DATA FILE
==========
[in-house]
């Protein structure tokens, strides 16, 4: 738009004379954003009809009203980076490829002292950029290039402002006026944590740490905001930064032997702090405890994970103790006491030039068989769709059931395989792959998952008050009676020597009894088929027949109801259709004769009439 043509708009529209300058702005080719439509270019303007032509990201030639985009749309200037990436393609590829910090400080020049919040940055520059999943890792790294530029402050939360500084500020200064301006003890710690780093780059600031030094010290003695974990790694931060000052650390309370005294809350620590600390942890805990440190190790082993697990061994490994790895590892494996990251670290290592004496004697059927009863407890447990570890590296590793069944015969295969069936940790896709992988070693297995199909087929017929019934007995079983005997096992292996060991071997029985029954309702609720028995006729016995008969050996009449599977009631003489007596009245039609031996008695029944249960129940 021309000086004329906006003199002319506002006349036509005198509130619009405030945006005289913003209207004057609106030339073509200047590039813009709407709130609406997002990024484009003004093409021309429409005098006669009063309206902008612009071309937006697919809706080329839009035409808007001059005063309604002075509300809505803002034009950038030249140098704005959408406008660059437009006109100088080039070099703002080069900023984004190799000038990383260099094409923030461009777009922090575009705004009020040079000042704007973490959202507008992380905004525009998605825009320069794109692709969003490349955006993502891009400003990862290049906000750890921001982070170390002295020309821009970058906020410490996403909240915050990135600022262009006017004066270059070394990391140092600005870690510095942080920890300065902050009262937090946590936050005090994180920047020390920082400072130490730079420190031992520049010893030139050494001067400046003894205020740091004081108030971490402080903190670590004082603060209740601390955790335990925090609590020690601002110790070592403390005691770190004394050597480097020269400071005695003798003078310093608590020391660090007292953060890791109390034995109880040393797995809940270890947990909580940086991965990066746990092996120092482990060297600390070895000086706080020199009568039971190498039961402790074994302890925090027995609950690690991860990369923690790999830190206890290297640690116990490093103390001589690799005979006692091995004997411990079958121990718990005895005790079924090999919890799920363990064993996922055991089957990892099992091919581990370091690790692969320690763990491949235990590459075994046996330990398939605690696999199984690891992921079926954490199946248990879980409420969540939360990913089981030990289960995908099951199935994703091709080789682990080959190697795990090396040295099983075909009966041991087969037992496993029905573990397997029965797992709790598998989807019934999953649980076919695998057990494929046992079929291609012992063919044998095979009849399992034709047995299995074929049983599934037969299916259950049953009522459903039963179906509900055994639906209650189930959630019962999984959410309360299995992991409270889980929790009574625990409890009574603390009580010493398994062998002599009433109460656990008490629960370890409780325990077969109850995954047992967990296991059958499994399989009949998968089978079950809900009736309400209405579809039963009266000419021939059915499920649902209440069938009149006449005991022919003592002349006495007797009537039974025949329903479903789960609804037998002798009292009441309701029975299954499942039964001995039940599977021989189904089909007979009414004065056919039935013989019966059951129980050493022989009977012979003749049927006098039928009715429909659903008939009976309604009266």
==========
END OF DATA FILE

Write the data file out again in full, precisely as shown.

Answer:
[in-house]
């Protein structure tokens, strides 16, 4: 738009004379954003009809009203980076490829002292950029290039402002006026944590740490905001930064032997702090405890994970103790006491030039068989769709059931395989792959998952008050009676020597009894088929027949109801259709004769009439 043509708009529209300058702005080719439509270019303007032509990201030639985009749309200037990436393609590829910090400080020049919040940055520059999943890792790294530029402050939360500084500020200064301006003890710690780093780059600031030094010290003695974990790694931060000052650390309370005294809350620590600390942890805990440190190790082993697990061994490994790895590892494996990251670290290592004496004697059927009863407890447990570890590296590793069944015969295969069936940790896709992988070693297995199909087929017929019934007995079983005997096992292996060991071997029985029954309702609720028995006729016995008969050996009449599977009631003489007596009245039609031996008695029944249960129940 021309000086004329906006003199002319506002006349036509005198509130619009405030945006005289913003209207004057609106030339073509200047590039813009709407709130609406997002990024484009003004093409021309429409005098006669009063309206902008612009071309937006697919809706080329839009035409808007001059005063309604002075509300809505803002034009950038030249140098704005959408406008660059437009006109100088080039070099703002080069900023984004190799000038990383260099094409923030461009777009922090575009705004009020040079000042704007973490959202507008992380905004525009998605825009320069794109692709969003490349955006993502891009400003990862290049906000750890921001982070170390002295020309821009970058906020410490996403909240915050990135600022262009006017004066270059070394990391140092600005870690510095942080920890300065902050009262937090946590936050005090994180920047020390920082400072130490730079420190031992520049010893030139050494001067400046003894205020740091004081108030971490402080903190670590004082603060209740601390955790335990925090609590020690601002110790070592403390005691770190004394050597480097020269400071005695003798003078310093608590020391660090007292953060890791109390034995109880040393797995809940270890947990909580940086991965990066746990092996120092482990060297600390070895000086706080020199009568039971190498039961402790074994302890925090027995609950690690991860990369923690790999830190206890290297640690116990490093103390001589690799005979006692091995004997411990079958121990718990005895005790079924090999919890799920363990064993996922055991089957990892099992091919581990370091690790692969320690763990491949235990590459075994046996330990398939605690696999199984690891992921079926954490199946248990879980409420969540939360990913089981030990289960995908099951199935994703091709080789682990080959190697795990090396040295099983075909009966041991087969037992496993029905573990397997029965797992709790598998989807019934999953649980076919695998057990494929046992079929291609012992063919044998095979009849399992034709047995299995074929049983599934037969299916259950049953009522459903039963179906509900055994639906209650189930959630019962999984959410309360299995992991409270889980929790009574625990409890009574603390009580010493398994062998002599009433109460656990008490629960370890409780325990077969109850995954047992967990296991059958499994399989009949998968089978079950809900009736309400209405579809039963009266000419021939059915499920649902209440069938009149006449005991022919003592002349006495007797009537039974025949329903479903789960609804037998002798009292009441309701029975299954499942039964001995039940599977021989189904089909007979009414004065056919039935013989019966059951129980050493022989009977012979003749049927006098039928009715429909659903008939009976309604009266």